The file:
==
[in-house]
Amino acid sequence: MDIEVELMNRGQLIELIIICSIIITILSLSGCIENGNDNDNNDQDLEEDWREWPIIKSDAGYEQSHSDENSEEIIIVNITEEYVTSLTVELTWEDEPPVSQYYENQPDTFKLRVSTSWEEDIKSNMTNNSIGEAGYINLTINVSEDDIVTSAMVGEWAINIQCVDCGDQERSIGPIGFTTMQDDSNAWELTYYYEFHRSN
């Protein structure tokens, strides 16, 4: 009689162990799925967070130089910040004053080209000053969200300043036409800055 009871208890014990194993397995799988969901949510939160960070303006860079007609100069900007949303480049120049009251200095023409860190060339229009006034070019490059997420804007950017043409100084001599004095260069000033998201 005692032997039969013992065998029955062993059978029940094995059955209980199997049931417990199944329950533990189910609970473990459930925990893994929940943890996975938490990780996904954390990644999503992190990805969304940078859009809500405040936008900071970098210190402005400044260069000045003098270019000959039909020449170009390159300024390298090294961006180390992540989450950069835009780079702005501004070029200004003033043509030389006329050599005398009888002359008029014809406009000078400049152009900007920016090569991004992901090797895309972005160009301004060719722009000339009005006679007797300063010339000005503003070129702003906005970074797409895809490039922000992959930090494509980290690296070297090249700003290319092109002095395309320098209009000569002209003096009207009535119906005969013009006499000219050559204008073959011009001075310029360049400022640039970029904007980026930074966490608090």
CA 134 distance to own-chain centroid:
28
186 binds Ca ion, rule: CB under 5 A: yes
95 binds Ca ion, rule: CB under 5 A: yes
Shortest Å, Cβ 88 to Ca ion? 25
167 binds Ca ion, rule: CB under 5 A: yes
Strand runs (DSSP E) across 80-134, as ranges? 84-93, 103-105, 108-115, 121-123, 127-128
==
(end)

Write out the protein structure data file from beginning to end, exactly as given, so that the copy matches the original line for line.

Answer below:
[in-house]
Amino acid sequence: MDIEVELMNRGQLIELIIICSIIITILSLSGCIENGNDNDNNDQDLEEDWREWPIIKSDAGYEQSHSDENSEEIIIVNITEEYVTSLTVELTWEDEPPVSQYYENQPDTFKLRVSTSWEEDIKSNMTNNSIGEAGYINLTINVSEDDIVTSAMVGEWAINIQCVDCGDQERSIGPIGFTTMQDDSNAWELTYYYEFHRSN
């Protein structure tokens, strides 16, 4: 009689162990799925967070130089910040004053080209000053969200300043036409800055 009871208890014990194993397995799988969901949510939160960070303006860079007609100069900007949303480049120049009251200095023409860190060339229009006034070019490059997420804007950017043409100084001599004095260069000033998201 005692032997039969013992065998029955062993059978029940094995059955209980199997049931417990199944329950533990189910609970473990459930925990893994929940943890996975938490990780996904954390990644999503992190990805969304940078859009809500405040936008900071970098210190402005400044260069000045003098270019000959039909020449170009390159300024390298090294961006180390992540989450950069835009780079702005501004070029200004003033043509030389006329050599005398009888002359008029014809406009000078400049152009900007920016090569991004992901090797895309972005160009301004060719722009000339009005006679007797300063010339000005503003070129702003906005970074797409895809490039922000992959930090494509980290690296070297090249700003290319092109002095395309320098209009000569002209003096009207009535119906005969013009006499000219050559204008073959011009001075310029360049400022640039970029904007980026930074966490608090």
CA 134 distance to own-chain centroid:
28
186 binds Ca ion, rule: CB under 5 A: yes
95 binds Ca ion, rule: CB under 5 A: yes
Shortest Å, Cβ 88 to Ca ion? 25
167 binds Ca ion, rule: CB under 5 A: yes
Strand runs (DSSP E) across 80-134, as ranges? 84-93, 103-105, 108-115, 121-123, 127-128